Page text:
In Conversation with Don on Women in the Infantry

Don Gomez responds to some of my assertions on women in the infantry:

What Jason is arguing…s that since we are so secure, since, you know, we have two massive oceans on our left and right and are also an economic behemoth, we are in a good position to experiment with things, like integrating the infantry. As in, we’re doing good, so, why not push the envelope? Not a bad thing in and of itself. But as I indicated in my posts on ‘What is the Infantry,’ this ignores the fact that we have not had to fight a ‘real’ terrible war since Vietnam…

This is a worthy reminder. I have noticed of late that I’ve become somewhat out of touch with the reality of both combat and the social environment of the military.

I do wish to push a bit on Vietnam as an example because the war in Vietnam is now largely recognized as a strategic mistake. If we wish to avoid the consequences of an infantry unfit for combat in another Vietnam, the best solution is to avoid starting another Vietnam.

But I know what Don’s getting at and the Vietnam example isn’t central to his point. In the context of military policy, the term “experiment” is often used with a negative connotation to inflate the risk of policy changes to national security. But unless we expect history to cease in its tracks once and forever, experimentation is a necessity anyway. Right now, we really can afford to integrate and see how it goes. (I even believe that, with the proper emphasis on teamwork, the infantry can afford to admit women at a lower physical standard although a unisex standard may be optimal.)

The infantry mission to close with and destroy the enemy is crazy and Don’s right to argue that it’s reckless to forget that fact. I just wish to see the debate informed by the anthropological principle that, as we commonly understand them, the bounds of human behavior are almost completely determined by norms and mores, not by “nature.” If our military recruits heard their entire lives that men and women should be admitted to the infantry without regard to gender, we’d probably have an integrated infantry and it would probably be working just fine.

The infantry’s mission can be said to be special. However, the entire military was once said to be special. That claim, though logical at face value, turned out to be false with respect to gender (and race) integration. It later turned out that military academiesfighter jets, submarines, and combat environments were equally unspecial with respect to gender. It seems to me that the reasonable expectation is that the infantry and special forces will turn out similarly.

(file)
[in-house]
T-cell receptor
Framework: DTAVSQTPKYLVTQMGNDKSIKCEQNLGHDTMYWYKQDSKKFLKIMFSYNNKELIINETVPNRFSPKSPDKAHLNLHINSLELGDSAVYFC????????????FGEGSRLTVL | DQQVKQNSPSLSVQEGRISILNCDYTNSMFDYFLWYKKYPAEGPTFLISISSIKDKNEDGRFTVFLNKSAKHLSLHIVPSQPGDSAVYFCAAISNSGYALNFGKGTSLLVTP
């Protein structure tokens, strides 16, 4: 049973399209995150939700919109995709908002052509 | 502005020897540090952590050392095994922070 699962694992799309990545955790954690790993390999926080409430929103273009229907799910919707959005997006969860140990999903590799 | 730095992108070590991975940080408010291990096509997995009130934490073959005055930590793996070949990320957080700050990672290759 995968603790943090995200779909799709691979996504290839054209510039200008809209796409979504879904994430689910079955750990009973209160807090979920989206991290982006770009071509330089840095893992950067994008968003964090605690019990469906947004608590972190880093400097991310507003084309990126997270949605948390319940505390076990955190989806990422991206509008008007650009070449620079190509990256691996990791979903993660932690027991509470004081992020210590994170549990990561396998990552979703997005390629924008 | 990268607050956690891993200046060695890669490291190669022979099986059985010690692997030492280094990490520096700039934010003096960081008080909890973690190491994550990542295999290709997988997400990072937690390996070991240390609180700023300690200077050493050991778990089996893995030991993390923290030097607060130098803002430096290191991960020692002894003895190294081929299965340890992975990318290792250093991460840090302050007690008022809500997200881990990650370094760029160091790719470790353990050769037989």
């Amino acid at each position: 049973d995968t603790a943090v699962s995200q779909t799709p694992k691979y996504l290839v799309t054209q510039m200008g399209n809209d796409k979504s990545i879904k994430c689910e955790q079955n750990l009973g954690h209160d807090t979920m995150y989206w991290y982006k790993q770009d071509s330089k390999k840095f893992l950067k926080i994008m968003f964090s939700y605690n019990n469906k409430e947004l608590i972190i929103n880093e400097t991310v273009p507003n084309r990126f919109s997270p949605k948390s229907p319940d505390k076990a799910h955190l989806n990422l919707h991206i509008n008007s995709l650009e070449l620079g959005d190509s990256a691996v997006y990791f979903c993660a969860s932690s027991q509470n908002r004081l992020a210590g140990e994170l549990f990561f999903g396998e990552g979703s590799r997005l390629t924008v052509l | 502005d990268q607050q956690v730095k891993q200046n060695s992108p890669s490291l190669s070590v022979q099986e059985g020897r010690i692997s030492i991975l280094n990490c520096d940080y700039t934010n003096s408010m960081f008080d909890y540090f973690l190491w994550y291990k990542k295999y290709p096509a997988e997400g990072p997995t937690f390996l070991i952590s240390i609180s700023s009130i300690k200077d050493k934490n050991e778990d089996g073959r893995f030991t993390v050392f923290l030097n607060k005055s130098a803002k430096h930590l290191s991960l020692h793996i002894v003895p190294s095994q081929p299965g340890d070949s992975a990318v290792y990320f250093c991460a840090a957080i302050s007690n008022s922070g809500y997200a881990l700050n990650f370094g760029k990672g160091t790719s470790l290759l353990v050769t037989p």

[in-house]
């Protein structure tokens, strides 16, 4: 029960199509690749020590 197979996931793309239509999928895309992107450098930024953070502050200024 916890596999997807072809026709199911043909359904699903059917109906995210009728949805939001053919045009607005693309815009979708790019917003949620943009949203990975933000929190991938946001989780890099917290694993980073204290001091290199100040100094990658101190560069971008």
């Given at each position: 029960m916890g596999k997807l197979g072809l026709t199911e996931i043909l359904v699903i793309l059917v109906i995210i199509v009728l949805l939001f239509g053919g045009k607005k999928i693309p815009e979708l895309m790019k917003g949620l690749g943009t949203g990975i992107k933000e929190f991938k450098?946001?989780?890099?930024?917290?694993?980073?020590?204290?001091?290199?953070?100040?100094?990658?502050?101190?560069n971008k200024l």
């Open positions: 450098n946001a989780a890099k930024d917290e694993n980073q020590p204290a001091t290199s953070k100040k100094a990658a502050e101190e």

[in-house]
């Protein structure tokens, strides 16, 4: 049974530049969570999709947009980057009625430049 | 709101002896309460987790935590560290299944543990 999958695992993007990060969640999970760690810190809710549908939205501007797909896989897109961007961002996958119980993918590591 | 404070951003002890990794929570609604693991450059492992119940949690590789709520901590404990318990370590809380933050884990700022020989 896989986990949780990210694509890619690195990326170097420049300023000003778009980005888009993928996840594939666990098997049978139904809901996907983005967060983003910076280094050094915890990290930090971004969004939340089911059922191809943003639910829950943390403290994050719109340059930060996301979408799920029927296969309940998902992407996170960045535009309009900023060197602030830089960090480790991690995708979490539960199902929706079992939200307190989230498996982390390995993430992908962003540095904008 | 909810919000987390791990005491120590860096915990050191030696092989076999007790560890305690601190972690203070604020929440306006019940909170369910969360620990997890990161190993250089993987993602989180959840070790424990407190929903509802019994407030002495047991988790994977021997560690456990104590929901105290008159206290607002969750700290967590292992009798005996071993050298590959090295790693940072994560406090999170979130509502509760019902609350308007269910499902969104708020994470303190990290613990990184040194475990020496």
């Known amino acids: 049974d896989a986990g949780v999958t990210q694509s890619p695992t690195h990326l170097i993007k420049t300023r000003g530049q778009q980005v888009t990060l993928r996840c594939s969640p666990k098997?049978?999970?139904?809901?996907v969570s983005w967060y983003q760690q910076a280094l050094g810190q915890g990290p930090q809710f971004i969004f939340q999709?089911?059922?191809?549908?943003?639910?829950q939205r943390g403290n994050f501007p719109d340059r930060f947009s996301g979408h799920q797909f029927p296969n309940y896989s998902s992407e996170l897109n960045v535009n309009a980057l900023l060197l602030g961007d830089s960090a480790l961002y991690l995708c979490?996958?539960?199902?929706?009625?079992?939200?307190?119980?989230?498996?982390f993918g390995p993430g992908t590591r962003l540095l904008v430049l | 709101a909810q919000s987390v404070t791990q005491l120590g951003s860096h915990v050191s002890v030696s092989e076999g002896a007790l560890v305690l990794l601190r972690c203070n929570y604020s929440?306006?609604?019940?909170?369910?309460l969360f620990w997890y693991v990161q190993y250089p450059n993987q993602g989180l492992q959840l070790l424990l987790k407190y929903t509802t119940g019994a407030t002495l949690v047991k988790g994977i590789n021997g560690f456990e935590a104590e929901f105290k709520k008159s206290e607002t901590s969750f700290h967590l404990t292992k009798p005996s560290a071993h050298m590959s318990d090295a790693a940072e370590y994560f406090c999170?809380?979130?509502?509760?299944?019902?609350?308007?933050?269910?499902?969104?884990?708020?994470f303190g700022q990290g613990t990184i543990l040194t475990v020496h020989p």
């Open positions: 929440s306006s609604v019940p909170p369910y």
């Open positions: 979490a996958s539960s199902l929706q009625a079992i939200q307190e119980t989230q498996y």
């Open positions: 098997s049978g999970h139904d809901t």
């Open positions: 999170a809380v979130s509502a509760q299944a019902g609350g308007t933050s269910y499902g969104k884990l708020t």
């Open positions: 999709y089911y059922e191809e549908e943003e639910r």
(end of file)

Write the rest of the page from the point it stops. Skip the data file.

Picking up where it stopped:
There are certain to be complications both predictable and unpredictable but these complications are not likely to exceed the magnitude of integration’s value in terms of human rights or the organizational resilience that comes with increased social diversity. As it stands, the infantry’s experimentation is proceeding quite cautiously. The Marine Corps Infantry Officer Course recently accepted (and failed) its third round of female recruits, who would not have been awarded the 0300 (infantry) designation even if they passed the course. At this pace, we have little to fear.


  1. Don’t forget the, infantry’s mission is to locate, close with, and destroy the enemy by fire an maneuver and fire and close combat. The maneuver portion is key. It’s not only what makes their tactics sane, but what gives them the advantage by putting the enemy in the “horns of a dilemma” via combined arms integration.

  2. Jaylemeux says:

    That’s true, but what impact does it have on this discussion?

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